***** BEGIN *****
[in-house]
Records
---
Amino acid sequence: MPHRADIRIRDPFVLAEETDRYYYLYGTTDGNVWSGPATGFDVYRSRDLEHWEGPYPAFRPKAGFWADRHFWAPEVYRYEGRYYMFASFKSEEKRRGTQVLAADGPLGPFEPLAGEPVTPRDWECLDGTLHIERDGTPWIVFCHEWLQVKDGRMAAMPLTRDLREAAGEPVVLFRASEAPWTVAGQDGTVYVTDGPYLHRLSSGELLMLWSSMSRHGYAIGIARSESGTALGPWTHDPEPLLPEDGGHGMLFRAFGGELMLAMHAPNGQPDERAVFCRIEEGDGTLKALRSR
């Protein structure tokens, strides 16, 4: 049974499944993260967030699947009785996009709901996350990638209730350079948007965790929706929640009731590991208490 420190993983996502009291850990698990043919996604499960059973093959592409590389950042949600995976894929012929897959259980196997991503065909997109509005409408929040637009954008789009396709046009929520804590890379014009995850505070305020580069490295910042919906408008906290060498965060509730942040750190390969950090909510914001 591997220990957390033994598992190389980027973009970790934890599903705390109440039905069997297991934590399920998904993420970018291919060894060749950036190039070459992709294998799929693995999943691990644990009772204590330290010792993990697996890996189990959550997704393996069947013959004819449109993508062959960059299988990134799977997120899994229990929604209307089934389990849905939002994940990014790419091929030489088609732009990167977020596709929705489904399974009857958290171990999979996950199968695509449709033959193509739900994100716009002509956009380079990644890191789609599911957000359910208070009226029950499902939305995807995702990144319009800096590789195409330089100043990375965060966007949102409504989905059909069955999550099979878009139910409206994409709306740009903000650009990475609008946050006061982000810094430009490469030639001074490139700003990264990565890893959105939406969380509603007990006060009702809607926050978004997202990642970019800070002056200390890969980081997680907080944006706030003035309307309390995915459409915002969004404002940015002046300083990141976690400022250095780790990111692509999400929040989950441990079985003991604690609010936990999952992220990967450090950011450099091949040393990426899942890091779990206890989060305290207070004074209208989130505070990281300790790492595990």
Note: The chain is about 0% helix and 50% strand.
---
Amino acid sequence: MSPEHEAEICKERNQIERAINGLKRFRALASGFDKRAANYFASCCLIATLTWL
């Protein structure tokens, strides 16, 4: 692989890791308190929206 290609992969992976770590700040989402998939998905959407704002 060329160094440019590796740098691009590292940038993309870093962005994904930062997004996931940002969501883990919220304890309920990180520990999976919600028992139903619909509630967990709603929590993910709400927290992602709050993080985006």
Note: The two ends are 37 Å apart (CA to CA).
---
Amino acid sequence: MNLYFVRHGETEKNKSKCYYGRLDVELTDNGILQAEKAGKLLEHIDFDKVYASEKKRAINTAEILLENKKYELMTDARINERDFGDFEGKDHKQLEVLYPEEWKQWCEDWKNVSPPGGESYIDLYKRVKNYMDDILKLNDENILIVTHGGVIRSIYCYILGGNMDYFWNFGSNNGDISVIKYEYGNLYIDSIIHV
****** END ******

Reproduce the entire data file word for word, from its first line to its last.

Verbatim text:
[in-house]
Records
---
Amino acid sequence: MPHRADIRIRDPFVLAEETDRYYYLYGTTDGNVWSGPATGFDVYRSRDLEHWEGPYPAFRPKAGFWADRHFWAPEVYRYEGRYYMFASFKSEEKRRGTQVLAADGPLGPFEPLAGEPVTPRDWECLDGTLHIERDGTPWIVFCHEWLQVKDGRMAAMPLTRDLREAAGEPVVLFRASEAPWTVAGQDGTVYVTDGPYLHRLSSGELLMLWSSMSRHGYAIGIARSESGTALGPWTHDPEPLLPEDGGHGMLFRAFGGELMLAMHAPNGQPDERAVFCRIEEGDGTLKALRSR
């Protein structure tokens, strides 16, 4: 049974499944993260967030699947009785996009709901996350990638209730350079948007965790929706929640009731590991208490 420190993983996502009291850990698990043919996604499960059973093959592409590389950042949600995976894929012929897959259980196997991503065909997109509005409408929040637009954008789009396709046009929520804590890379014009995850505070305020580069490295910042919906408008906290060498965060509730942040750190390969950090909510914001 591997220990957390033994598992190389980027973009970790934890599903705390109440039905069997297991934590399920998904993420970018291919060894060749950036190039070459992709294998799929693995999943691990644990009772204590330290010792993990697996890996189990959550997704393996069947013959004819449109993508062959960059299988990134799977997120899994229990929604209307089934389990849905939002994940990014790419091929030489088609732009990167977020596709929705489904399974009857958290171990999979996950199968695509449709033959193509739900994100716009002509956009380079990644890191789609599911957000359910208070009226029950499902939305995807995702990144319009800096590789195409330089100043990375965060966007949102409504989905059909069955999550099979878009139910409206994409709306740009903000650009990475609008946050006061982000810094430009490469030639001074490139700003990264990565890893959105939406969380509603007990006060009702809607926050978004997202990642970019800070002056200390890969980081997680907080944006706030003035309307309390995915459409915002969004404002940015002046300083990141976690400022250095780790990111692509999400929040989950441990079985003991604690609010936990999952992220990967450090950011450099091949040393990426899942890091779990206890989060305290207070004074209208989130505070990281300790790492595990």
Note: The chain is about 0% helix and 50% strand.
---
Amino acid sequence: MSPEHEAEICKERNQIERAINGLKRFRALASGFDKRAANYFASCCLIATLTWL
């Protein structure tokens, strides 16, 4: 692989890791308190929206 290609992969992976770590700040989402998939998905959407704002 060329160094440019590796740098691009590292940038993309870093962005994904930062997004996931940002969501883990919220304890309920990180520990999976919600028992139903619909509630967990709603929590993910709400927290992602709050993080985006």
Note: The two ends are 37 Å apart (CA to CA).
---
Amino acid sequence: MNLYFVRHGETEKNKSKCYYGRLDVELTDNGILQAEKAGKLLEHIDFDKVYASEKKRAINTAEILLENKKYELMTDARINERDFGDFEGKDHKQLEVLYPEEWKQWCEDWKNVSPPGGESYIDLYKRVKNYMDDILKLNDENILIVTHGGVIRSIYCYILGGNMDYFWNFGSNNGDISVIKYEYGNLYIDSIIHV